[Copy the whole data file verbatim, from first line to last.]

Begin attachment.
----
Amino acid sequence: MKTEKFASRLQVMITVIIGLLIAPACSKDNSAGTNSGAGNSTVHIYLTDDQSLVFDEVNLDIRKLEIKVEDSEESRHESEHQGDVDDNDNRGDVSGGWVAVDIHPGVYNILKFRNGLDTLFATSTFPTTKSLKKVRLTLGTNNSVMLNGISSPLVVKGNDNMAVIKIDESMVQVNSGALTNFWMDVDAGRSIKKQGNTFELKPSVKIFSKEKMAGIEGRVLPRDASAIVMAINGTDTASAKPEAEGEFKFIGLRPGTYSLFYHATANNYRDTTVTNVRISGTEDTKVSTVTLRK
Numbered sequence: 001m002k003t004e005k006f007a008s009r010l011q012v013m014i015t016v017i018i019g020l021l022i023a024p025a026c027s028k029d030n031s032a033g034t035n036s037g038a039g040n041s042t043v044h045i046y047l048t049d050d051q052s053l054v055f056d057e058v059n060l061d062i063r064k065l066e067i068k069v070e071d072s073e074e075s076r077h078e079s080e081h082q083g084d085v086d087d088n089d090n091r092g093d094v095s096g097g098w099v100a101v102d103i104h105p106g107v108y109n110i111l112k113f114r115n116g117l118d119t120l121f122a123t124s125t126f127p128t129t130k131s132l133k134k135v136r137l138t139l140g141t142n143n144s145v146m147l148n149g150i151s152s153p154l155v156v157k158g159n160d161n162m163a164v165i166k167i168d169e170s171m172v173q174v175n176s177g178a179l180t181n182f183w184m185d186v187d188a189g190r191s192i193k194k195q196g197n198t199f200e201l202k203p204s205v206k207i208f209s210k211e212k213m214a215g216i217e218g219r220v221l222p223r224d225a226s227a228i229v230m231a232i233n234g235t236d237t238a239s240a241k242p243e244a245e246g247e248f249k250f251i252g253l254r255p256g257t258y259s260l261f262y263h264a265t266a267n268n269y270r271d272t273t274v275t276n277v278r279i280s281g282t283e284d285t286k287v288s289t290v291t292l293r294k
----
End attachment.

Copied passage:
Amino acid sequence: MKTEKFASRLQVMITVIIGLLIAPACSKDNSAGTNSGAGNSTVHIYLTDDQSLVFDEVNLDIRKLEIKVEDSEESRHESEHQGDVDDNDNRGDVSGGWVAVDIHPGVYNILKFRNGLDTLFATSTFPTTKSLKKVRLTLGTNNSVMLNGISSPLVVKGNDNMAVIKIDESMVQVNSGALTNFWMDVDAGRSIKKQGNTFELKPSVKIFSKEKMAGIEGRVLPRDASAIVMAINGTDTASAKPEAEGEFKFIGLRPGTYSLFYHATANNYRDTTVTNVRISGTEDTKVSTVTLRK
Numbered sequence: 001m002k003t004e005k006f007a008s009r010l011q012v013m014i015t016v017i018i019g020l021l022i023a024p025a026c027s028k029d030n031s032a033g034t035n036s037g038a039g040n041s042t043v044h045i046y047l048t049d050d051q052s053l054v055f056d057e058v059n060l061d062i063r064k065l066e067i068k069v070e071d072s073e074e075s076r077h078e079s080e081h082q083g084d085v086d087d088n089d090n091r092g093d094v095s096g097g098w099v100a101v102d103i104h105p106g107v108y109n110i111l112k113f114r115n116g117l118d119t120l121f122a123t124s125t126f127p128t129t130k131s132l133k134k135v136r137l138t139l140g141t142n143n144s145v146m147l148n149g150i151s152s153p154l155v156v157k158g159n160d161n162m163a164v165i166k167i168d169e170s171m172v173q174v175n176s177g178a179l180t181n182f183w184m185d186v187d188a189g190r191s192i193k194k195q196g197n198t199f200e201l202k203p204s205v206k207i208f209s210k211e212k213m214a215g216i217e218g219r220v221l222p223r224d225a226s227a228i229v230m231a232i233n234g235t236d237t238a239s240a241k242p243e244a245e246g247e248f249k250f251i252g253l254r255p256g257t258y259s260l261f262y263h264a265t266a267n268n269y270r271d272t273t274v275t276n277v278r279i280s281g282t283e284d285t286k287v288s289t290v291t292l293r294k